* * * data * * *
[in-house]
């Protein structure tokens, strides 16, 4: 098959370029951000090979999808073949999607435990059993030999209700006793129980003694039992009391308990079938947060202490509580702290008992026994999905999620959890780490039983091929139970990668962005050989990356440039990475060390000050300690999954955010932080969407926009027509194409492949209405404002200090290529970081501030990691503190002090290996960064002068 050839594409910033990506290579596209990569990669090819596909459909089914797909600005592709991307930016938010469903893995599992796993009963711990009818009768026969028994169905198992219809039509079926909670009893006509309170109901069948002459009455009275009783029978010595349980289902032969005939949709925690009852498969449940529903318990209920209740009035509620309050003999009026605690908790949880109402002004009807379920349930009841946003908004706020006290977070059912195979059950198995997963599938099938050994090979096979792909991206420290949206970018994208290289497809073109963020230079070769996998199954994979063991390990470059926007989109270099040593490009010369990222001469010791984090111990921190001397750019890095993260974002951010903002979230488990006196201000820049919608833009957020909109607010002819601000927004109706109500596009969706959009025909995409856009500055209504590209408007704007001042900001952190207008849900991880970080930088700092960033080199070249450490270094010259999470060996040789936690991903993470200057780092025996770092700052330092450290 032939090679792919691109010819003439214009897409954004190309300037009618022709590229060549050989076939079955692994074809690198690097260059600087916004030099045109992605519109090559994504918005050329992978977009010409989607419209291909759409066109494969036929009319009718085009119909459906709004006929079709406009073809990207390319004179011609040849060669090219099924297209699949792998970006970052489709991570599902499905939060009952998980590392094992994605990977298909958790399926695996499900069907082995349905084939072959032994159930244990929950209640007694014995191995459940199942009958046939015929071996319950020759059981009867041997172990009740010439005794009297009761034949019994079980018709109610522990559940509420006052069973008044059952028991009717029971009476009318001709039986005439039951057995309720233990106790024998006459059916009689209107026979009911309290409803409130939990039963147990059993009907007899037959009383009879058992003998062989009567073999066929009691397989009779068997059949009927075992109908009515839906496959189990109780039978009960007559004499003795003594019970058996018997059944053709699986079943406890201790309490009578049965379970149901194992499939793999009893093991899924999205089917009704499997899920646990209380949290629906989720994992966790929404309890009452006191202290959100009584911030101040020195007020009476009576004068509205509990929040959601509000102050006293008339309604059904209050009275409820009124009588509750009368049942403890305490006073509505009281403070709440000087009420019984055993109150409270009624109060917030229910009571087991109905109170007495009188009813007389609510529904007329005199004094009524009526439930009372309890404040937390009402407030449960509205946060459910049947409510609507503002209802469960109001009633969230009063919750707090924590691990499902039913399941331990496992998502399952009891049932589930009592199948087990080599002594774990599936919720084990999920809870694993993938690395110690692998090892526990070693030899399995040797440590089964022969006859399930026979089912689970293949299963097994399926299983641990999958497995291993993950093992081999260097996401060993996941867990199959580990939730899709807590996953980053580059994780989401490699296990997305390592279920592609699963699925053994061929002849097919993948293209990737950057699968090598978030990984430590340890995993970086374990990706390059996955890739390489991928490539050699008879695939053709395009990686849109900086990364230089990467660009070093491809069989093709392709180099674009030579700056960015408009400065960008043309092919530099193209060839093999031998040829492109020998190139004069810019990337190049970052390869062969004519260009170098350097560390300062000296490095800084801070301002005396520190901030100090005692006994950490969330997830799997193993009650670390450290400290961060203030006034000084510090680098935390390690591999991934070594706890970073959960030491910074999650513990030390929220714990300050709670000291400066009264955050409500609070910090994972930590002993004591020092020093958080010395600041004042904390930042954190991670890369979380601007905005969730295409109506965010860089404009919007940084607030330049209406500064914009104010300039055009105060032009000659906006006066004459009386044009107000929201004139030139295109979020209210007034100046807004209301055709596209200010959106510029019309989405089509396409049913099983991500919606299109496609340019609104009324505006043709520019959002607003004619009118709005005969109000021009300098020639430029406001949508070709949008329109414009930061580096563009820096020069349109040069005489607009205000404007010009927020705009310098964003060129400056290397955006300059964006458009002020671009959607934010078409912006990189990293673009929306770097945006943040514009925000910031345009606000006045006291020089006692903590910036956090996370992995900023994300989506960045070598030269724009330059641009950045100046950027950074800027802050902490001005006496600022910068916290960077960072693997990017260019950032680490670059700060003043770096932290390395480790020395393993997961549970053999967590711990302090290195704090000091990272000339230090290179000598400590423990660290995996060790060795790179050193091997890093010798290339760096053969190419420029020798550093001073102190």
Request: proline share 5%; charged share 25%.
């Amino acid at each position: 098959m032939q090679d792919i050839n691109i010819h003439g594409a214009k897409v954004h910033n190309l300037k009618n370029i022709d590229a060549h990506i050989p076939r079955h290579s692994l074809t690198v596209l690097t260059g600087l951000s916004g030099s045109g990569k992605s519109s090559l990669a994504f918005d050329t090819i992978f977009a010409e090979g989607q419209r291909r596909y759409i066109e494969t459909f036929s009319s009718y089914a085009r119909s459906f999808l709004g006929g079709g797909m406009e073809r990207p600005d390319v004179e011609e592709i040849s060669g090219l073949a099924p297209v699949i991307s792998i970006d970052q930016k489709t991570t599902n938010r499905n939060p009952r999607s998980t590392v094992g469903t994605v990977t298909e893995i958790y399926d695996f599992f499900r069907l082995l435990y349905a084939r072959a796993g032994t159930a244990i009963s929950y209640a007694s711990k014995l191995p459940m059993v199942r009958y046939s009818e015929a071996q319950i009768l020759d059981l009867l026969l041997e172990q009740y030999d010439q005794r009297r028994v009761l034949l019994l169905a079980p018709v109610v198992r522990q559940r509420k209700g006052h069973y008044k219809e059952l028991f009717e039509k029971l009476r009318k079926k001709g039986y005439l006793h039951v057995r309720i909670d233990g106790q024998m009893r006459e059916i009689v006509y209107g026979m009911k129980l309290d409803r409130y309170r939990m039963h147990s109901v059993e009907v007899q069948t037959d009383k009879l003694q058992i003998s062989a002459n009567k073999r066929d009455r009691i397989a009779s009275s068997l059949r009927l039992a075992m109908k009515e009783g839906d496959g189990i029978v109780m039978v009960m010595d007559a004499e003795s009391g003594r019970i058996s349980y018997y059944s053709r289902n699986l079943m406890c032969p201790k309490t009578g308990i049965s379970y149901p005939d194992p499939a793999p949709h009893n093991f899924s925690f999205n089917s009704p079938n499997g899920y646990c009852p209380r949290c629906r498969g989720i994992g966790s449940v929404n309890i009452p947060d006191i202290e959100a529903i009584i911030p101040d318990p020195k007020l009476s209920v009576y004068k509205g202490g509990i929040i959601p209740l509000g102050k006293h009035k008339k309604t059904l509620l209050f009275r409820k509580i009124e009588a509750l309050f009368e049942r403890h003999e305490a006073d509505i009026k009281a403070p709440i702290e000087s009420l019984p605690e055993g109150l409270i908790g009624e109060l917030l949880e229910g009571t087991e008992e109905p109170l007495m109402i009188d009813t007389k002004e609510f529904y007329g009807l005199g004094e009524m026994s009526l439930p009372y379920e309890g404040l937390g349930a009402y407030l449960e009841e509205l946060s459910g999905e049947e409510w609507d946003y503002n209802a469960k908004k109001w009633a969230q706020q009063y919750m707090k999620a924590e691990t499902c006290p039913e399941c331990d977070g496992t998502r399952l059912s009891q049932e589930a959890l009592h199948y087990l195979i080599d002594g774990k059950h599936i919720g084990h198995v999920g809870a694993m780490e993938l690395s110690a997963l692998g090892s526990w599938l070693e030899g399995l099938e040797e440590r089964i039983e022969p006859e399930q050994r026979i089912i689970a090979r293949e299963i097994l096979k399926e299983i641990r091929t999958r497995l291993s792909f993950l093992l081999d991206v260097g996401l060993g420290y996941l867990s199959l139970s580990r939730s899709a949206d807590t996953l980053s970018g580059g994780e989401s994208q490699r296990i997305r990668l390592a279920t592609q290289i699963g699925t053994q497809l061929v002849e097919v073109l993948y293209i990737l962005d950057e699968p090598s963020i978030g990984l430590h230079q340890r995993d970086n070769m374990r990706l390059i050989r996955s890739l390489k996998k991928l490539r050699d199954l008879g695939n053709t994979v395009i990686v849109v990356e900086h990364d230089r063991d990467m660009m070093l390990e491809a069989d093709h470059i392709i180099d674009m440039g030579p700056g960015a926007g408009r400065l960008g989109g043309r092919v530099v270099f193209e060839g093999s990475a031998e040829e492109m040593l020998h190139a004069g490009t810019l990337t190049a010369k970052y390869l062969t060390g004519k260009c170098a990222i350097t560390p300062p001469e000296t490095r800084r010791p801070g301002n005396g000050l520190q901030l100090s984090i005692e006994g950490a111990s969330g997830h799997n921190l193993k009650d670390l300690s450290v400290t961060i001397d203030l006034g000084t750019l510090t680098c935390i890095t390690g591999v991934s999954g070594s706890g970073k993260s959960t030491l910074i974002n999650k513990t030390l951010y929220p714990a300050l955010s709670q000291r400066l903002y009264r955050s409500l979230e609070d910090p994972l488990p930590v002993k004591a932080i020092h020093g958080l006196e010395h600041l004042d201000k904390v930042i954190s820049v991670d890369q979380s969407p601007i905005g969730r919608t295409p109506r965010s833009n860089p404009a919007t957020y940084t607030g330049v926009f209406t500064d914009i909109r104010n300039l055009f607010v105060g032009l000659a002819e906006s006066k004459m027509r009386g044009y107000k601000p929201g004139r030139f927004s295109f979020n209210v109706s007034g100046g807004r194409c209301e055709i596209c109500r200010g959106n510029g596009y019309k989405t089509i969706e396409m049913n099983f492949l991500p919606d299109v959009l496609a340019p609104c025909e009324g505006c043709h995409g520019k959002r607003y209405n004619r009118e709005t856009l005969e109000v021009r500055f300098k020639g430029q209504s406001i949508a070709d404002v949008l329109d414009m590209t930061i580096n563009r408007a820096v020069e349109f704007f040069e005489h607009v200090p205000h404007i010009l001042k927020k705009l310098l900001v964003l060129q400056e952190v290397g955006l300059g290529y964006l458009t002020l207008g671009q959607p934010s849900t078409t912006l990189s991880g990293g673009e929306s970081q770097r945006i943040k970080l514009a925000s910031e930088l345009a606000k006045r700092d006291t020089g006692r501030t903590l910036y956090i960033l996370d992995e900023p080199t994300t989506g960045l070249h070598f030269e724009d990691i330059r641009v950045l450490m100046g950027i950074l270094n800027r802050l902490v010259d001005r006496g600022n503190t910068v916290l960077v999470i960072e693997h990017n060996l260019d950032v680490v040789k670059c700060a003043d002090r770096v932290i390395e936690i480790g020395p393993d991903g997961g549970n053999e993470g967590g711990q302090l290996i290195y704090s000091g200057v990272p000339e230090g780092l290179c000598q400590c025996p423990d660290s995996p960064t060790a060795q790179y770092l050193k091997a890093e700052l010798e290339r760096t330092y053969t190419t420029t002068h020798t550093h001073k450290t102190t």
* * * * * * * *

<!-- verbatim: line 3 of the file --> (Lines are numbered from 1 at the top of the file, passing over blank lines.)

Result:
Request: proline share 5%; charged share 25%.